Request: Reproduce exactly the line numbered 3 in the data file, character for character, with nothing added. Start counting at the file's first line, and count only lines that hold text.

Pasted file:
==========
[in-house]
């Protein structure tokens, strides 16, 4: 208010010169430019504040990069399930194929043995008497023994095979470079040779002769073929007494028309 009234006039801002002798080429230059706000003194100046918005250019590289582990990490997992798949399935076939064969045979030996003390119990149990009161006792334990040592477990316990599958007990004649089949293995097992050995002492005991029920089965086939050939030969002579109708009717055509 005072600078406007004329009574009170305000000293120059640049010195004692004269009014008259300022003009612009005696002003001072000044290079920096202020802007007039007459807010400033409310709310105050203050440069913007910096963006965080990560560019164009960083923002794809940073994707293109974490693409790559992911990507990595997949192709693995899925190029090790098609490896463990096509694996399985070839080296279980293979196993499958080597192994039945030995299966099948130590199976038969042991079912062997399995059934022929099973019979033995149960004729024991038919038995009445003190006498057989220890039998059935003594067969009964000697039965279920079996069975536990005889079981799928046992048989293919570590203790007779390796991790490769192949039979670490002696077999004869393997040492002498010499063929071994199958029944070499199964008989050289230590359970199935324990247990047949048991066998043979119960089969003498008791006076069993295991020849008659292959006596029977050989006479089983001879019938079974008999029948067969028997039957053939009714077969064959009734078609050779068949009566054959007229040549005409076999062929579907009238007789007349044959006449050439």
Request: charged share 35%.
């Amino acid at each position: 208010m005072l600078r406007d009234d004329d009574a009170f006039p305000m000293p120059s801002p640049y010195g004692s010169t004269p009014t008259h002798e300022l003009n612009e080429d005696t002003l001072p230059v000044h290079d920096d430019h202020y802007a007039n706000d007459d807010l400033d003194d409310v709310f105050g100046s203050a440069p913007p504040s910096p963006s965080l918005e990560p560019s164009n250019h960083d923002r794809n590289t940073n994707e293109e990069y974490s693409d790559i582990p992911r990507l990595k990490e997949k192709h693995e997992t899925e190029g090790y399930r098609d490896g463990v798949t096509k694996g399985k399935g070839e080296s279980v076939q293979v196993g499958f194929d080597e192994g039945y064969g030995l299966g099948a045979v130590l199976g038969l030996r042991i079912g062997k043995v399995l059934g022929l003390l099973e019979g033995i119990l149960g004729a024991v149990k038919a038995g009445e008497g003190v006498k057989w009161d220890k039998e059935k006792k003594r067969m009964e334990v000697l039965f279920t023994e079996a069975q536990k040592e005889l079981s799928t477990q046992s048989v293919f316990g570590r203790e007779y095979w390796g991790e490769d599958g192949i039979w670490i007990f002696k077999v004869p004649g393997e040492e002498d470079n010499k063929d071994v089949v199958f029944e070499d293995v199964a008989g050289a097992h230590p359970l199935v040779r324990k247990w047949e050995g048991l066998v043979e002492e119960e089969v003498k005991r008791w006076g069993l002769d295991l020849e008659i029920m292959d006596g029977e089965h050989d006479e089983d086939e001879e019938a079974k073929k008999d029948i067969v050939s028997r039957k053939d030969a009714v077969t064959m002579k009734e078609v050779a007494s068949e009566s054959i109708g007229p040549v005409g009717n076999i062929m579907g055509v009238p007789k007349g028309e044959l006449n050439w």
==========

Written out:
Request: charged share 35%.